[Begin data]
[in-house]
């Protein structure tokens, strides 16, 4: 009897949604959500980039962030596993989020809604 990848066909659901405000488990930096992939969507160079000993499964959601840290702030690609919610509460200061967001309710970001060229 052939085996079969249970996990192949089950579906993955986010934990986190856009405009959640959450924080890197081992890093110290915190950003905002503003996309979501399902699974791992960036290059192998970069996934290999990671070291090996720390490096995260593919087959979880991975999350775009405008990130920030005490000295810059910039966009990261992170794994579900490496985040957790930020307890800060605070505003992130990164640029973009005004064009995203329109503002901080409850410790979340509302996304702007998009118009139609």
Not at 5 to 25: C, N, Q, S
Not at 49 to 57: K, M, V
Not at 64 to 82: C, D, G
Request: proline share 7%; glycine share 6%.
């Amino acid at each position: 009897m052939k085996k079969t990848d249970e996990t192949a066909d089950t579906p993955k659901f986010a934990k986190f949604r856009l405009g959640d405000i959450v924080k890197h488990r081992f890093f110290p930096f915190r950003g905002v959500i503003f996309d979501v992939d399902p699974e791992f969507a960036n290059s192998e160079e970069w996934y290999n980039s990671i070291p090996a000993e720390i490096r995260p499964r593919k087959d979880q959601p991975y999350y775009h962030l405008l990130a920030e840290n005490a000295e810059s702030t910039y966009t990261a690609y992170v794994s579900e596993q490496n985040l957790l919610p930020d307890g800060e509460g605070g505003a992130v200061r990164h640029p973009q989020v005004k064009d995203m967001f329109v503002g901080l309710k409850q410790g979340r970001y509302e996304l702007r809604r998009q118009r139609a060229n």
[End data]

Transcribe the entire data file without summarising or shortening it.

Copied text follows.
[in-house]
């Protein structure tokens, strides 16, 4: 009897949604959500980039962030596993989020809604 990848066909659901405000488990930096992939969507160079000993499964959601840290702030690609919610509460200061967001309710970001060229 052939085996079969249970996990192949089950579906993955986010934990986190856009405009959640959450924080890197081992890093110290915190950003905002503003996309979501399902699974791992960036290059192998970069996934290999990671070291090996720390490096995260593919087959979880991975999350775009405008990130920030005490000295810059910039966009990261992170794994579900490496985040957790930020307890800060605070505003992130990164640029973009005004064009995203329109503002901080409850410790979340509302996304702007998009118009139609």
Not at 5 to 25: C, N, Q, S
Not at 49 to 57: K, M, V
Not at 64 to 82: C, D, G
Request: proline share 7%; glycine share 6%.
């Amino acid at each position: 009897m052939k085996k079969t990848d249970e996990t192949a066909d089950t579906p993955k659901f986010a934990k986190f949604r856009l405009g959640d405000i959450v924080k890197h488990r081992f890093f110290p930096f915190r950003g905002v959500i503003f996309d979501v992939d399902p699974e791992f969507a960036n290059s192998e160079e970069w996934y290999n980039s990671i070291p090996a000993e720390i490096r995260p499964r593919k087959d979880q959601p991975y999350y775009h962030l405008l990130a920030e840290n005490a000295e810059s702030t910039y966009t990261a690609y992170v794994s579900e596993q490496n985040l957790l919610p930020d307890g800060e509460g605070g505003a992130v200061r990164h640029p973009q989020v005004k064009d995203m967001f329109v503002g901080l309710k409850q410790g979340r970001y509302e996304l702007r809604r998009q118009r139609a060229n």